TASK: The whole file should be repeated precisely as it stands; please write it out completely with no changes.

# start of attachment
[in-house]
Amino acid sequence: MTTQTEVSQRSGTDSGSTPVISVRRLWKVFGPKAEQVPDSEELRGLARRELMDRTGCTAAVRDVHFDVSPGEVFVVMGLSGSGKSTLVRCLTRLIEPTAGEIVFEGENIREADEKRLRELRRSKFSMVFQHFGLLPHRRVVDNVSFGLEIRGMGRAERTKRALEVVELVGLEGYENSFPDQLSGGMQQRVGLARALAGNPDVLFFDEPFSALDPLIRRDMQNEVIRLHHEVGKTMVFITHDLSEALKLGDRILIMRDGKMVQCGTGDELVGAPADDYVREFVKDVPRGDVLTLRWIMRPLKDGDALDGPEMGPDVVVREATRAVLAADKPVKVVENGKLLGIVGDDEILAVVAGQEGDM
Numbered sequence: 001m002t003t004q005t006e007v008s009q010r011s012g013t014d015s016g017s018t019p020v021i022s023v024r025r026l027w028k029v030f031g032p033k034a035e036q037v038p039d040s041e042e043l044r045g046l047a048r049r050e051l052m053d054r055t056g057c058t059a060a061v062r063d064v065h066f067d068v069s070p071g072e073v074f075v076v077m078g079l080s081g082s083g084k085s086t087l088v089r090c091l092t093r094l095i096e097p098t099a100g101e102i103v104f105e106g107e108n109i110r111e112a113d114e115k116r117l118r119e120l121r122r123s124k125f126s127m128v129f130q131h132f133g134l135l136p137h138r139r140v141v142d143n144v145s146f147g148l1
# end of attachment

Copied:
[in-house]
Amino acid sequence: MTTQTEVSQRSGTDSGSTPVISVRRLWKVFGPKAEQVPDSEELRGLARRELMDRTGCTAAVRDVHFDVSPGEVFVVMGLSGSGKSTLVRCLTRLIEPTAGEIVFEGENIREADEKRLRELRRSKFSMVFQHFGLLPHRRVVDNVSFGLEIRGMGRAERTKRALEVVELVGLEGYENSFPDQLSGGMQQRVGLARALAGNPDVLFFDEPFSALDPLIRRDMQNEVIRLHHEVGKTMVFITHDLSEALKLGDRILIMRDGKMVQCGTGDELVGAPADDYVREFVKDVPRGDVLTLRWIMRPLKDGDALDGPEMGPDVVVREATRAVLAADKPVKVVENGKLLGIVGDDEILAVVAGQEGDM
Numbered sequence: 001m002t003t004q005t006e007v008s009q010r011s012g013t014d015s016g017s018t019p020v021i022s023v024r025r026l027w028k029v030f031g032p033k034a035e036q037v038p039d040s041e042e043l044r045g046l047a048r049r050e051l052m053d054r055t056g057c058t059a060a061v062r063d064v065h066f067d068v069s070p071g072e073v074f075v076v077m078g079l080s081g082s083g084k085s086t087l088v089r090c091l092t093r094l095i096e097p098t099a100g101e102i103v104f105e106g107e108n109i110r111e112a113d114e115k116r117l118r119e120l121r122r123s124k125f126s127m128v129f130q131h132f133g134l135l136p137h138r139r140v141v142d143n144v145s146f147g148l1